To say that not all Part C plans are alike is an understatement. Provider networks, premiums, copays, coinsurance, and out-of-pocket spending limits can all vary widely, so shopping around is wise. During Medicare’s annual Open Enrollment Period (Oct. 15 – Dec. 7), seniors can choose to switch out of Original Medicare to a Part C plan or vice versa; although, any such move is much wiser with a Medigap policy already in place.5
How does a Medigap plan differ from a Part C plan? Medigap plans (also called Medicare Supplement plans) emerged to address the gaps in Part A and Part B coverage. If you have Part A and Part B already in place, a Medigap policy can pick up some copayments, coinsurance, and deductibles for you. Some Medigap policies can even help you pay for medical care outside the United States. You have to pay Part B premiums in addition to Medigap plan premiums to keep a Medigap policy in effect. These plans no longer offer prescription drug coverage; in fact, they have been sold without drug coverage since 2006.6
Part D: prescription drug plans. While Part C plans commonly offer prescription drug coverage, insurers also sell Part D plans as a standalone product to those with Original Medicare. As per Medigap and Part C coverage, you need to keep paying Part B premiums in addition to premiums for the drug plan to keep Part D coverage going.7
Every Part D plan has a formulary, a list of medications covered under the plan. Most Part D plans rank approved drugs into tiers by cost. The good news is that Medicare’s website will determine the best Part D plan for you. Go to medicare.gov/find-a-plan to start your search; enter your medications, and the website will do the legwork for you.8
Part C & Part D plans are assigned ratings. Medicare annually rates these plans (one star being worst; five stars being best) according to member satisfaction, provider network(s), and quality of coverage. As you search for a plan at medicare.gov, you also have a chance to check out the rankings.9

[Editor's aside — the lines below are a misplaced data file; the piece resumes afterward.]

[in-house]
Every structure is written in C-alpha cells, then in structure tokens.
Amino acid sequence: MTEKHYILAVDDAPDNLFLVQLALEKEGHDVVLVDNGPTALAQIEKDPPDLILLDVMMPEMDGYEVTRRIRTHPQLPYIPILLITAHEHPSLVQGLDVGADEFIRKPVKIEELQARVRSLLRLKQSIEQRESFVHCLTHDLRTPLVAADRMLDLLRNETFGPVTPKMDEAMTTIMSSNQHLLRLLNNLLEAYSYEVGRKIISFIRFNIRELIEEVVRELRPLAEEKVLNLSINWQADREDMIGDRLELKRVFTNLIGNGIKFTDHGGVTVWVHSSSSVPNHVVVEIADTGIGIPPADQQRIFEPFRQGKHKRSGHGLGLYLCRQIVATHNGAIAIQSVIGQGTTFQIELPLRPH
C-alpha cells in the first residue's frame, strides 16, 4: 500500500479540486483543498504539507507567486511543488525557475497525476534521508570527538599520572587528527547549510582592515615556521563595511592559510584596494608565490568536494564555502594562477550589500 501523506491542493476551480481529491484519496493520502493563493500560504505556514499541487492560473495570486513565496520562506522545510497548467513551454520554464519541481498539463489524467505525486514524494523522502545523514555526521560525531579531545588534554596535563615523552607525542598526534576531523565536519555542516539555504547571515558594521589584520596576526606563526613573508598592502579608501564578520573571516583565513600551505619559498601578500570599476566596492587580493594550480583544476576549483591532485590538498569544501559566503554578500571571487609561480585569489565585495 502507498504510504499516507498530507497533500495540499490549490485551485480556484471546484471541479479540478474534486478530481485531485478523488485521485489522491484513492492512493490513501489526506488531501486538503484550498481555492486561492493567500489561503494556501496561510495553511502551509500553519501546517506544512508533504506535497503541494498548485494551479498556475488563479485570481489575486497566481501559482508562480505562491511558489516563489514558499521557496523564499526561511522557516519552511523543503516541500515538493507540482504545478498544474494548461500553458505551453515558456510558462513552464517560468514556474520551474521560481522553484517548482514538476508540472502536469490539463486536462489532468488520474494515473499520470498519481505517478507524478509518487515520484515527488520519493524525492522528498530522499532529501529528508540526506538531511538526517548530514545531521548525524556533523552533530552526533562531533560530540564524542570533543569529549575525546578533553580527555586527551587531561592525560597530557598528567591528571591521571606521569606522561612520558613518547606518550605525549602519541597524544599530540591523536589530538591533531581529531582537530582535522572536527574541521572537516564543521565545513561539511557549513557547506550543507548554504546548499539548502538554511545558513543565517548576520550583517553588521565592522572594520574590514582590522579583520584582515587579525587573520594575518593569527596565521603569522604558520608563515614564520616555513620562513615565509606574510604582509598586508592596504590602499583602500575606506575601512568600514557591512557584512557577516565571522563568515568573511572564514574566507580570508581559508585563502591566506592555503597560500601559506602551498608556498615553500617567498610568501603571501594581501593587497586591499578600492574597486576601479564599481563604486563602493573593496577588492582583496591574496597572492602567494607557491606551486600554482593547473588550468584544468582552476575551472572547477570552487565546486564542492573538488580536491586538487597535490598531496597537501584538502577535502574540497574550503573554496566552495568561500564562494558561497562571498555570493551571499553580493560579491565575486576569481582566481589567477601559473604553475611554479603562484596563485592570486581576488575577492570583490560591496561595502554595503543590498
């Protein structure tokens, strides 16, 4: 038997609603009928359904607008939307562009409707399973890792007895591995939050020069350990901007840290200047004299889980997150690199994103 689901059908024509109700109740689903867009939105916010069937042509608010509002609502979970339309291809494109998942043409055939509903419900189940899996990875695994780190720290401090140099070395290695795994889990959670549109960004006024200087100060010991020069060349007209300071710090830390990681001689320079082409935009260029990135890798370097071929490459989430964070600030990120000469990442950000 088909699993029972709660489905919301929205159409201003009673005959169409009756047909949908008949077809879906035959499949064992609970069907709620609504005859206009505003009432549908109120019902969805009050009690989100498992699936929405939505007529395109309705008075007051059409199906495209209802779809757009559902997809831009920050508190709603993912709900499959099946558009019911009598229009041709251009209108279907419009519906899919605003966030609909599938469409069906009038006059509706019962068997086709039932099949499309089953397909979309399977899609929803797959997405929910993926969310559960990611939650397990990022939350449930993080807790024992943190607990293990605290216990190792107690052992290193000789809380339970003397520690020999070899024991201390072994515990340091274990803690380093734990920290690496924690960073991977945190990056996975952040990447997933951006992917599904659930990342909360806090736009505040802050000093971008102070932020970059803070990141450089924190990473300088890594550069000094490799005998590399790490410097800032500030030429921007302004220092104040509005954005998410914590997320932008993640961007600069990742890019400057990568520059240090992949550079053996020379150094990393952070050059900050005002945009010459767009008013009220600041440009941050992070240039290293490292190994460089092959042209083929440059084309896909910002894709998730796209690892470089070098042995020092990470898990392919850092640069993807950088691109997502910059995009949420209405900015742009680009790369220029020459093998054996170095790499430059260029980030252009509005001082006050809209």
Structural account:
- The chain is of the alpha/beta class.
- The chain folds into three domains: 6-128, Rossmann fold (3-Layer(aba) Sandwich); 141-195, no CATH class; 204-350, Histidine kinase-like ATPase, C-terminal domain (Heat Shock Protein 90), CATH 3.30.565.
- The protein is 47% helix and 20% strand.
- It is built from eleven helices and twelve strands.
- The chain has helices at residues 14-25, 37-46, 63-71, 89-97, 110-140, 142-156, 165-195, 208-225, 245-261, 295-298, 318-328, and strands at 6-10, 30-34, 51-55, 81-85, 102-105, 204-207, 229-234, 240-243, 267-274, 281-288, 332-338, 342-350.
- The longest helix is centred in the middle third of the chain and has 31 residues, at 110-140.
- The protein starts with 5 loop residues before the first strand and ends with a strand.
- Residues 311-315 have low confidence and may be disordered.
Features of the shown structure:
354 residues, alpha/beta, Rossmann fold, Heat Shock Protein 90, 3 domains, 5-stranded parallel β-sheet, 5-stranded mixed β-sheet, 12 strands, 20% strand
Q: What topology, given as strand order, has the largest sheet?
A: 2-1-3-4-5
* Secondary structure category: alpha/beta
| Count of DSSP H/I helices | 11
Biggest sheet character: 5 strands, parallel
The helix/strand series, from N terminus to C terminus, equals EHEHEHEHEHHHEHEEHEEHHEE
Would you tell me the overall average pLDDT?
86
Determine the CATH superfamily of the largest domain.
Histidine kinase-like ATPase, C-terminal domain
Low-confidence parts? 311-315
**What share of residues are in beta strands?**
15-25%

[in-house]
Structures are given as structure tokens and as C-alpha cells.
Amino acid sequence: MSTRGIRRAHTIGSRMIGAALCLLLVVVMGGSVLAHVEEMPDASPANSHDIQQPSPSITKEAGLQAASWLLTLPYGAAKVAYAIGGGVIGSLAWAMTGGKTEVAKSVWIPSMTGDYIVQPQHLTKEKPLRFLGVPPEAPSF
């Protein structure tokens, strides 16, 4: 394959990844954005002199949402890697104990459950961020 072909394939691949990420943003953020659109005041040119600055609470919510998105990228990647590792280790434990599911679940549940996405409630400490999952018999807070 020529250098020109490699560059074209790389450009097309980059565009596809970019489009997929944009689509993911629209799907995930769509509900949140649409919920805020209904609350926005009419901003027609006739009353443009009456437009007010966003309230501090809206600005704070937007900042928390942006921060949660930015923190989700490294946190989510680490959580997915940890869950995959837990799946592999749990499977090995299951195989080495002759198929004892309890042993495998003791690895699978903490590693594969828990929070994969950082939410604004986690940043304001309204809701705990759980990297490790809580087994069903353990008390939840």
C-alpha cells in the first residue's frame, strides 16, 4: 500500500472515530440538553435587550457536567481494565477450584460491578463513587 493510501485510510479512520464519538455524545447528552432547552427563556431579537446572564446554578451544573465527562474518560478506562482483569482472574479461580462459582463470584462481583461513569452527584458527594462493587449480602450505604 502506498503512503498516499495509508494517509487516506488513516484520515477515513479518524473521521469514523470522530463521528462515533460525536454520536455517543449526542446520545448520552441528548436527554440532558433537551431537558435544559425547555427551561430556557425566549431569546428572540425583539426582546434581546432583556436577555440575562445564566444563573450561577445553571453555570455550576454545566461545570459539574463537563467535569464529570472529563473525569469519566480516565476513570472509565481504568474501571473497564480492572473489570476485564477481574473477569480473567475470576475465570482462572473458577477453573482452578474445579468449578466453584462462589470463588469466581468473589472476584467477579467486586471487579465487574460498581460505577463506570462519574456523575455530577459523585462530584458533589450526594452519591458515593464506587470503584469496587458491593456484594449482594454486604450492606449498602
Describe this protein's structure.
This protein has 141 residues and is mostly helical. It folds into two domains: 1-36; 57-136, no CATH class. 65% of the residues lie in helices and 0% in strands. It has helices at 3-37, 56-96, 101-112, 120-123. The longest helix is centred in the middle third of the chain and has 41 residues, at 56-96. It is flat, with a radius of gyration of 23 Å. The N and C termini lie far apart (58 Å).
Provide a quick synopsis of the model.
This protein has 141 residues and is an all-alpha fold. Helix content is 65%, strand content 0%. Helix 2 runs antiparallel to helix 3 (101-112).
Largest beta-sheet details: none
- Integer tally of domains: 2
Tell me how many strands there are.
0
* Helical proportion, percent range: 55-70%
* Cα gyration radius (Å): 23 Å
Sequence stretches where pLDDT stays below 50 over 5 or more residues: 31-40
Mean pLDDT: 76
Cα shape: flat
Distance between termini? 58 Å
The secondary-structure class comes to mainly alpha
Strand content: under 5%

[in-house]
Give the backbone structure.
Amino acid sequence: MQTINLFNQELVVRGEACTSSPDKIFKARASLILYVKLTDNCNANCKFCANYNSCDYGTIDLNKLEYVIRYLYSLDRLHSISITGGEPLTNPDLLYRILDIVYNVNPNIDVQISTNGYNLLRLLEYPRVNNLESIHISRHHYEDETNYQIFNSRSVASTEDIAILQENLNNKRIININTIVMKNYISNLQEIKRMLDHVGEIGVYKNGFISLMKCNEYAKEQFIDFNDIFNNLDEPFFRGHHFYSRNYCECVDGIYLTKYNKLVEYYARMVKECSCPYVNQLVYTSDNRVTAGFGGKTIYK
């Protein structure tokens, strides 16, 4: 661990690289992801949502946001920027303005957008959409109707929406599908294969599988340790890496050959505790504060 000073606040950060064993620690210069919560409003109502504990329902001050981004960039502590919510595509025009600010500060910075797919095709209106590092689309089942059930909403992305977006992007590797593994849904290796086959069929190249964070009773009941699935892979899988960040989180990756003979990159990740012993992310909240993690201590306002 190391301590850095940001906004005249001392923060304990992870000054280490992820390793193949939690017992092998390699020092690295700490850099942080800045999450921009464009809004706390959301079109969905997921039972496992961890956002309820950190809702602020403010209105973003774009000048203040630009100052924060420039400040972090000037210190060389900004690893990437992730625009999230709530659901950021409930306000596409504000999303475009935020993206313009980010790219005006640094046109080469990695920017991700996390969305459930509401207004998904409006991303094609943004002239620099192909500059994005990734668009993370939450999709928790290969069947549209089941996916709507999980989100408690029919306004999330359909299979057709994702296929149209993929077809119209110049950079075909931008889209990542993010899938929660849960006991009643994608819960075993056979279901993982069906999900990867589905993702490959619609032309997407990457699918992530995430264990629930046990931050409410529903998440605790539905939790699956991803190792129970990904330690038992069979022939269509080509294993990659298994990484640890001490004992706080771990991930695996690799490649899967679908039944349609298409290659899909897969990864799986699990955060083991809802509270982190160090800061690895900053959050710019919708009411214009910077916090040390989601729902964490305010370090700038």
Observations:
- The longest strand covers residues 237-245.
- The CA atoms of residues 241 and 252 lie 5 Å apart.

This material was prepared by MarketingPro, Inc., and does not necessarily represent the views of the presenting party, nor their affiliates. This information has been derived from sources believed to be accurate. Please note – investing involves risk, and past performance is no guarantee of future results. The publisher is not engaged in rendering legal, accounting or other professional services. If assistance is needed, the reader is advised to engage the services of a competent professional. This information should not be construed as investment, tax or legal advice and may not be relied on for the purpose of avoiding any Federal tax penalty. This is neither a solicitation nor recommendation to purchase or sell any investment or insurance product or service, and should not be relied upon as such. All indices are unmanaged and are not illustrative of any particular investment.
Securities offered through LPL Financial, Member FINRA/SIPC. Investment Advice offered through Southwest Investment Advisors, a registered investment advisor and separate entity from LPL Financial.
1 – mymedicarematters.org/coverage/parts-a-b/whats-covered/ [2/14/17]
2 – medicare.gov/coverage/skilled-nursing-facility-care.html [2/14/17]
3 – medicare.gov/your-medicare-costs/part-b-costs/part-b-costs.html [2/14/17]
4 – tinyurl.com/hbll34m [2/14/17]
5 – medicare.gov/sign-up-change-plans/when-can-i-join-a-health-or-drug-plan/when-can-i-join-a-health-or-drug-plan.html [2/14/17]
6 – medicare.gov/supplement-other-insurance/medigap/whats-medigap.html [2/14/17]
7 – ehealthinsurance.com/medicare/part-d-cost [11/5/16]
8 – medicare.gov/part-d/coverage/part-d-coverage.html [2/14/17]
9 – medicare.gov/sign-up-change-plans/when-can-i-join-a-health-or-drug-plan/five-star-enrollment/5-star-enrollment-period.html [2/14/17]